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The New Republic: Affordability

The final subject covered at the New Republic conference was how we define affordability of health care, both for the individual and as an industry in society. Several good points here. Harold Pollack of the University of Chicago cites how as a nation we actually underconsume per capita in areas such as prescription volume and average hospital days. The difference is we pay significantly more for services, where George Halvorsol of Kaiser states that we spend up to triple the dollars for the same MRI scan in countries like Japan. He also gave an example of effective ‘budgeting’ in order to improve system-wide affordability using the Tufts Health Plan, which forces providers and consumers to distribute limited resources.

Senator Wyden proposes eliminating mechanisms like the employer health insurance tax exclusion as a way to improve affordability for individuals, referencing last year’s Wyden-Bennet health reform bill that removes employer sponsored insurance, increases wages, and lets individuals choose insurance on the private market with a tax credit. He believes this will not only allow individuals to more effectively purchase affordable insurance, but will also provide additional tax refunds beyond insurance costs by incetivizing purchase of value-based plans. His most profound statement, though, came when commenting on the proposed insurance subsidies in order to make insurance affordable for those under 400% FPL: “I don’t think there are enough subsidies on the planet to bring true affordability because we fail to inflict real cost-containment measures onto the system.”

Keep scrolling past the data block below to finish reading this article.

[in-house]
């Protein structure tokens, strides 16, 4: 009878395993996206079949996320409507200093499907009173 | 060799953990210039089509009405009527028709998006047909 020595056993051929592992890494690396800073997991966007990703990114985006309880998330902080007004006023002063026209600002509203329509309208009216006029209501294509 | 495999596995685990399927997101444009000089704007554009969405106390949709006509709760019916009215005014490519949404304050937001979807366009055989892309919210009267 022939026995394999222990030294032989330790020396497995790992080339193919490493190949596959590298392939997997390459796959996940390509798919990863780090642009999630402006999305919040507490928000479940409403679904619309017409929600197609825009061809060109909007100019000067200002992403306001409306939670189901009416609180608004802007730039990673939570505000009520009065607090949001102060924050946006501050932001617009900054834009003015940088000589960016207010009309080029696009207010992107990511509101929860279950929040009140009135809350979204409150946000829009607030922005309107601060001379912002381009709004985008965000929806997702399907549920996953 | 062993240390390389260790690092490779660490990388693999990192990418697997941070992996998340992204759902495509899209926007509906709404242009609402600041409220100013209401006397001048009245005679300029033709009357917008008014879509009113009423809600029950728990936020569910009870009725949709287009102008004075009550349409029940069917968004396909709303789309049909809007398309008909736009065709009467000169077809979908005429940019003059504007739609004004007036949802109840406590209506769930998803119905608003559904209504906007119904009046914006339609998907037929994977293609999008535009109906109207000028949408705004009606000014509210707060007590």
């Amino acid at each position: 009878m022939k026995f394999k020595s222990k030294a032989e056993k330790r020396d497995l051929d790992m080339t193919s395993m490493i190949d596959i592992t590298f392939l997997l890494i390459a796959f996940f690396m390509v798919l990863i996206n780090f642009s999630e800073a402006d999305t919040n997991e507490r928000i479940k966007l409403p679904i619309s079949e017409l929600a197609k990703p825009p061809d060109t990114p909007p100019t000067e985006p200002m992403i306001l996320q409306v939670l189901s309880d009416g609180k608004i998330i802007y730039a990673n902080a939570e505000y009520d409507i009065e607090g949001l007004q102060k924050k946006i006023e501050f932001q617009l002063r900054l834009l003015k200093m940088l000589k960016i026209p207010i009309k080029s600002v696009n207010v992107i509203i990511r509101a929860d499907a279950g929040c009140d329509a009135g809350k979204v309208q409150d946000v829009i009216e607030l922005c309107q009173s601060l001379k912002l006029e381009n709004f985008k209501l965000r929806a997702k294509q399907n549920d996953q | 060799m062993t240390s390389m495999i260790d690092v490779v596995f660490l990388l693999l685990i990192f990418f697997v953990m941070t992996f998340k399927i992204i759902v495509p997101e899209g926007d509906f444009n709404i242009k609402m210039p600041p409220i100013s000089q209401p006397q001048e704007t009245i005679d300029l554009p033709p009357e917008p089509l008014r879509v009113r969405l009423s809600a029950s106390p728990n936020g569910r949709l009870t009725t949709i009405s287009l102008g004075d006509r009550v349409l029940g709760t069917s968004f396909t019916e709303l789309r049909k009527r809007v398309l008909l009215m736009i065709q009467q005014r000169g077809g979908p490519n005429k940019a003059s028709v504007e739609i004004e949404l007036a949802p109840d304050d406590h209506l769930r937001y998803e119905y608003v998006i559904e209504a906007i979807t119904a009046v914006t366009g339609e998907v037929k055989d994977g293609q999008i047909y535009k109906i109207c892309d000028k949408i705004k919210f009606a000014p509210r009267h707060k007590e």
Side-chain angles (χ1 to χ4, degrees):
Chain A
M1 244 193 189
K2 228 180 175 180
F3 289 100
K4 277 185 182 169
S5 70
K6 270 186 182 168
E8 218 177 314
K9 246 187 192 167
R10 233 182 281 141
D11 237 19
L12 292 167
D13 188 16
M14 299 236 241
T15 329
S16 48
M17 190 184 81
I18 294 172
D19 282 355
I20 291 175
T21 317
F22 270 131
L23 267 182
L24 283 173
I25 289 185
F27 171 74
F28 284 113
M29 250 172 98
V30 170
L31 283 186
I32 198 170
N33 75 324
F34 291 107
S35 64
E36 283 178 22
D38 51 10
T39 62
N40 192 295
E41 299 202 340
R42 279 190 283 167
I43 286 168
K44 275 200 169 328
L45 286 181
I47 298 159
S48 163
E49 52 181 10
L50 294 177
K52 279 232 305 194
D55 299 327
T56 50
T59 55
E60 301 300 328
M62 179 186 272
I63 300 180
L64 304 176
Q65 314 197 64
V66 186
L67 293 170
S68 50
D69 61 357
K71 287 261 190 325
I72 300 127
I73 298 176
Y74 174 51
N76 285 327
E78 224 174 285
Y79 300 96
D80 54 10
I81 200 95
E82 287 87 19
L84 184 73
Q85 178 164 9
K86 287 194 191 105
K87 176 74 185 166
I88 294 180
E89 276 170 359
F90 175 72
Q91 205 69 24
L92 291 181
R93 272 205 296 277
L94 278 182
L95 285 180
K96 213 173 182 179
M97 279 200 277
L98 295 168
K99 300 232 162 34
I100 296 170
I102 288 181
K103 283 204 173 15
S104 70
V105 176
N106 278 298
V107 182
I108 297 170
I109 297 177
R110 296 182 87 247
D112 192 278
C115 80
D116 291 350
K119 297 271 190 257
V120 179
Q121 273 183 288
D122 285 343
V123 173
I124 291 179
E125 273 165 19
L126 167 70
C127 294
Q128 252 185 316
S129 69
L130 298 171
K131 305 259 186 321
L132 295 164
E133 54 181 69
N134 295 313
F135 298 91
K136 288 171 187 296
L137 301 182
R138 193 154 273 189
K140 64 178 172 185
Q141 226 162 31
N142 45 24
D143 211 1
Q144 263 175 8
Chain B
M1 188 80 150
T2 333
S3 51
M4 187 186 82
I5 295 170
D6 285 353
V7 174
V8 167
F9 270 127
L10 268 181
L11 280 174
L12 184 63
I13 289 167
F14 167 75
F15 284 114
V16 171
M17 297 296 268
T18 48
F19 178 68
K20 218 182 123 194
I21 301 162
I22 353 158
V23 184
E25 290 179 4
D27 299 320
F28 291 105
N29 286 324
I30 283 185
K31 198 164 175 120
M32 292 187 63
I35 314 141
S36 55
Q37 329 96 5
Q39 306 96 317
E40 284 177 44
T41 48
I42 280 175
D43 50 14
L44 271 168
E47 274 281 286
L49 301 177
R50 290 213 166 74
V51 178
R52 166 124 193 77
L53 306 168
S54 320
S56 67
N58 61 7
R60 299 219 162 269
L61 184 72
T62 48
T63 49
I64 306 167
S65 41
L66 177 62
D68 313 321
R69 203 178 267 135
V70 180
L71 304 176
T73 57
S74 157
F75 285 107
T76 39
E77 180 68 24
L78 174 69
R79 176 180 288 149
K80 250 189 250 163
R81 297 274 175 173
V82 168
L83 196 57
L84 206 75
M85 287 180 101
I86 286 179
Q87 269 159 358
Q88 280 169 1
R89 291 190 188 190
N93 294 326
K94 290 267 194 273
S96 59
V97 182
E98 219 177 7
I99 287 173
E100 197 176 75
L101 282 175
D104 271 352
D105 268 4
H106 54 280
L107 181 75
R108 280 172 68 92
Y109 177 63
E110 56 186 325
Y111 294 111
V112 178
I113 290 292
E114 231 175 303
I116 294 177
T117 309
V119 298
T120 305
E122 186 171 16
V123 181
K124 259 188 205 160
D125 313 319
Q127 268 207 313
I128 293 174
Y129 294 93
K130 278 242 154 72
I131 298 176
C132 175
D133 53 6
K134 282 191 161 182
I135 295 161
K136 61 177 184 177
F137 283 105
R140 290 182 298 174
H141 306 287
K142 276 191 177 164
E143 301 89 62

Senator Weiner thinks the government should “be more like Walmart” by utilizing effective buying power, but he questions why “we are simply going to give substantial government subsidies to health plans [through individuals] for their high-cost administrative activities and profits.” Senator Cooper also cited over $700B in annual waste in the health care system, claiming that capturing just 10-15% of that waste would fully pay for health reform.

(Here is the preliminary CBO score of the House health care bill, which reduces the federal deficit by a more-than-expected $104B over the first ten years and expands coverage to 96% of citizens.)

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